As an aside this is why we stopped at 1 to 1 for tanks, otherwise you begin to need sabot bases to represent a tank platoon in position, it occupies better than half of it gun range in some cases.

Rick Don Burnette17 Sep 2017 1:54 a.m. PST

UshCha and Joe
Perhaps I am too negative, yet after over 49 years of being told that my concerns regarding simulations are well irrelevant or overblown. and after reading the opinions of historians, social scientists and military, who in most cases raise similar concerns, and the assertions and statements from many leading wargame designers, I perhaps aquired my negative attitude from a long association with , well, wargamer marketeers and historian reluctance.
It doesnt matter that you may hold Griffith in low regard, there are many more like him, in and out of miniatures, yet involved with simulations. A past favorite of mine was Leo Strauss, who in Essays on the Scientific Study of Politics, which discusses simulation methods, he noted that the then new, 1960ish, political scientist, playing political science wargames, was fiddling while Rome is burning, yet doesnt know what he is doing. About 15 years later, David H Fisher in Historians Fallacies, addressed many of the same concerns, see the sections on counterfactuals and what if questions. Yet during that time was Fred Vietmeyers Column Line and Square as well as the rise of SPI and Jim Dunnigan who began the traditions such as "you are in command" and "you can change history" .
From the Dunnigan school has flowed much of what we use today as methods and views regarding what is and can be simulated.
Yet these approaches, although labeled as authentic simulatios, are merely games for entertainment, not unlike any Mel Gibson so called historical movie.
Perhaps I have been lied to too many times to regard any current historical miniatures game as anything more than a game.
I do agree that the games should be fast play and yet at HMGS conventions, fast play games get short shrift as they cannot be simulations

Joe Legan Supporting Member of TMP17 Sep 2017 9:40 a.m. PST

Ushcha,
Thanks for the info. I knew dispersion was important but didn't realize it was hard and fast with numbers.
As stated my games are infantry based which goes well with Force on force. I have never had more than two NATO tanks on the board at one time so my focus is definitely different.
Rick,
Understand. I also grew up in the SPI hey day ( loved firefight and cityfight BTW though cityfight was such a "simulation" that I only managed to play it twice) Easy to become jaded. As I get older I like abstraction more as it plays quicker. The key is to not abstract anything too important. Often what is important is in the eye of the beholder.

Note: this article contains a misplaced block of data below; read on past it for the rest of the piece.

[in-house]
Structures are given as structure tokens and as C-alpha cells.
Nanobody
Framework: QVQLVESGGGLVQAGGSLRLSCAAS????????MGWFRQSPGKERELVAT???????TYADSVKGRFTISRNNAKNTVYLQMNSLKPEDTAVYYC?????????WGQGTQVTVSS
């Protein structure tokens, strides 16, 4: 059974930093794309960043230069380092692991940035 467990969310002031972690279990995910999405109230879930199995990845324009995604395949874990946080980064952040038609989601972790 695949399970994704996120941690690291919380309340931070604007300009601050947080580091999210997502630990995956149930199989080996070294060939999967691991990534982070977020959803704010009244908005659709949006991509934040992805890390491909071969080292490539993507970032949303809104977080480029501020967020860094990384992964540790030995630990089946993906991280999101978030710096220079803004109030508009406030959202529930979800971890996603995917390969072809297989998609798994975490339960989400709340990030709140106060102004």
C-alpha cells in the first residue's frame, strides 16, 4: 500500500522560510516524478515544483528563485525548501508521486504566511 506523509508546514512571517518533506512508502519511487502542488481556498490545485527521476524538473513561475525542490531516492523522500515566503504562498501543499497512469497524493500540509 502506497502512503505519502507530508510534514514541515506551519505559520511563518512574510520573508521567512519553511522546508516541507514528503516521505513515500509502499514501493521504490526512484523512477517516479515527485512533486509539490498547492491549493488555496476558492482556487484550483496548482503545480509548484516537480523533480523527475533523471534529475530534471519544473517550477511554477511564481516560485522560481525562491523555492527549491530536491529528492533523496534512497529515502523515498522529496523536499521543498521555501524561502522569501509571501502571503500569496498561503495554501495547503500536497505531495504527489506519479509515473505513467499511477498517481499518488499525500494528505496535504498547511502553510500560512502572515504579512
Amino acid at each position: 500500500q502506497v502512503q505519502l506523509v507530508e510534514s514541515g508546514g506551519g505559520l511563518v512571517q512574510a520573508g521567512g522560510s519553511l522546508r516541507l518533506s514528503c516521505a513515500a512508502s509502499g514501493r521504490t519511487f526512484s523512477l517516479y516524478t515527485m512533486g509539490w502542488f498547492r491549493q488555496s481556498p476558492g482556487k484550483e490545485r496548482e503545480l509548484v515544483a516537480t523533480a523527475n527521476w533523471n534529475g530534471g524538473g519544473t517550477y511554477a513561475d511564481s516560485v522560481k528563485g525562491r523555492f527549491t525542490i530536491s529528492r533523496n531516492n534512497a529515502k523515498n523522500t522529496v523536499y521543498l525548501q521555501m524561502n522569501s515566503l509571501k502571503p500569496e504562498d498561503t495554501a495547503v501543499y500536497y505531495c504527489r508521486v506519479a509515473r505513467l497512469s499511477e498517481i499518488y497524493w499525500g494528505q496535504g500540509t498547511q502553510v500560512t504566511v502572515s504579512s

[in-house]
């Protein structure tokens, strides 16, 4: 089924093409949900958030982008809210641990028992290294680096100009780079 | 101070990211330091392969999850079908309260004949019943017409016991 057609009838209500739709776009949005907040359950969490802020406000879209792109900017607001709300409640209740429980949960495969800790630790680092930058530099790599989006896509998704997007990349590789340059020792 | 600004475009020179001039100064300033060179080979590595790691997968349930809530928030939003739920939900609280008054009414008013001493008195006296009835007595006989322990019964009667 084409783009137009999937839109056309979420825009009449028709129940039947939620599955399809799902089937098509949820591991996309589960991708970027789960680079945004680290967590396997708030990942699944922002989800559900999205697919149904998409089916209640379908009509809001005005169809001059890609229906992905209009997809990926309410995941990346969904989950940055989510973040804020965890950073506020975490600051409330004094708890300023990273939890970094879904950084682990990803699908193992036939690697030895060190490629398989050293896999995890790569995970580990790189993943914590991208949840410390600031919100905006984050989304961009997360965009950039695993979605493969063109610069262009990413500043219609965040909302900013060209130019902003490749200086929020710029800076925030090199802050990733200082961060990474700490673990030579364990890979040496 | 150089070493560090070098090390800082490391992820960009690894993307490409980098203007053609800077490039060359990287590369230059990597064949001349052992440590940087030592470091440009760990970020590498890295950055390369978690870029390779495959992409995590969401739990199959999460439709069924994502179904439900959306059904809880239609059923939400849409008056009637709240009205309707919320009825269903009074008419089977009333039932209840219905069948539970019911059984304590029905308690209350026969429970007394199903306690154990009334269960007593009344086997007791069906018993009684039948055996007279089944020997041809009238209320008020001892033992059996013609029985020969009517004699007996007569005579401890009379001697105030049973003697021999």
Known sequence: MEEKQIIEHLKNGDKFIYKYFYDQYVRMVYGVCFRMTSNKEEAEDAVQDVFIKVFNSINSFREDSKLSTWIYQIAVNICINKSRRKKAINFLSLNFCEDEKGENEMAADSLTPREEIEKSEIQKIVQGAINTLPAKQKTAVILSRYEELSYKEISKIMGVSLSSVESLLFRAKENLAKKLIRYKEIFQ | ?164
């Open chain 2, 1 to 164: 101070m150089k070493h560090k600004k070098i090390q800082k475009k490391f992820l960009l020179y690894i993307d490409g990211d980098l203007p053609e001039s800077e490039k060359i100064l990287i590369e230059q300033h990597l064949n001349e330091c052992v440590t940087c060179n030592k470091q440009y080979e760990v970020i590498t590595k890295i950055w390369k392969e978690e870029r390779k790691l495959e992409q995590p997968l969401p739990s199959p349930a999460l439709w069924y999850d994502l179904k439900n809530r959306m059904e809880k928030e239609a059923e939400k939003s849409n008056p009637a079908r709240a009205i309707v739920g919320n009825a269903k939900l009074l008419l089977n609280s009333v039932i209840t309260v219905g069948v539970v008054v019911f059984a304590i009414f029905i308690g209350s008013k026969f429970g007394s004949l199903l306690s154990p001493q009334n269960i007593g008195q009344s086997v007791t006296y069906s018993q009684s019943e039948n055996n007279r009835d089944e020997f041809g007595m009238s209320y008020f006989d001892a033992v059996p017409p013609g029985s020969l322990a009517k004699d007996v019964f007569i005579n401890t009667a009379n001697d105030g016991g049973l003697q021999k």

Cheers

Joe

UshCha Supporting Member of TMP17 Sep 2017 2:26 p.m. PST

The trouble with tanks in an infantry game is that they will typically be in dense terrain. At about 250 yds there is a lot of terrain to hide in and tanks with poor visibility (bad news to be head out) are sitting ducks if anybody has a half decent RPG as they can do damage from the rear or even the side some time. Plus many tanks will struggle at close quarters with tall building, unless you have the Israeli type glass turret with a high elevation for the Machine Gun. Probably best to not really try with tanks at close quarters.

US manual notes that infantry closer than 30m to a buttoned up tank if laying down cannot be seen. Not fun for the tread heads. Never put in our rules as we did not see covering insanity.

Joe Legan Supporting Member of TMP17 Sep 2017 4:59 p.m. PST

Insanity? It's fun! The vehicles are meant to spice up the infantry game. As you say, if I was going to focus on armor I would have to re-size my board. ( and spend more money buying armor. As a solo player I already have to fund both sides.)
Yep, tanks need a lot of friendly infantry around to survive.

Joe

UshCha Supporting Member of TMP18 Sep 2017 2:33 a.m. PST

Solo wargaing is something I have not had time to do. Interestingly our rules worked better than we hoped. One of the things it can do quite well is ambush games. The movement rates mean that you can take say a 8 by 6 ft board put a divider down the middle of the 6 ft section giving a sort of U shaped 22 ft route, if you run a road on the outside. Now give yourself only about 6 to ten moves to get round and a small force in ambush and you get a novel sort of game, quick but with a lot of uncertainty about whete the ambushers are. for the ambushers do they want to inflict delay of damage. Our simulations indicate that these with small forces, can be mutually exclusive objectives.

Joe Legan Supporting Member of TMP18 Sep 2017 6:53 p.m. PST

UshCha,
I solo 90% of the time. For me it is all about the story. Normally my opponent isn't as concerned about the story as I am. Reading this board for several years I realize this puts me in the minority but I really enjoy it. As stated multiple times during this thread, amazing what people think is important in their games. Mine are very personal which is why scale is important to set the stage. My favorite quote from Eisenhower is " War is a drama; not a game of chess." An example is here:
link

UshCha Supporting Member of TMP19 Sep 2017 9:26 a.m. PST

I agree about a story, that is what a scenario is, it's the start of a story that hopefully grows in the telling. It let's you play different games. Convoy attacks, withdrawals. Winning is not part of it. I lost my last battle but who cares, it was a superb story of a general who did not understand how terrible the threat was. The only Dissapointing thing was that it ended prematurely as there was no plausible plot twist to savage the game.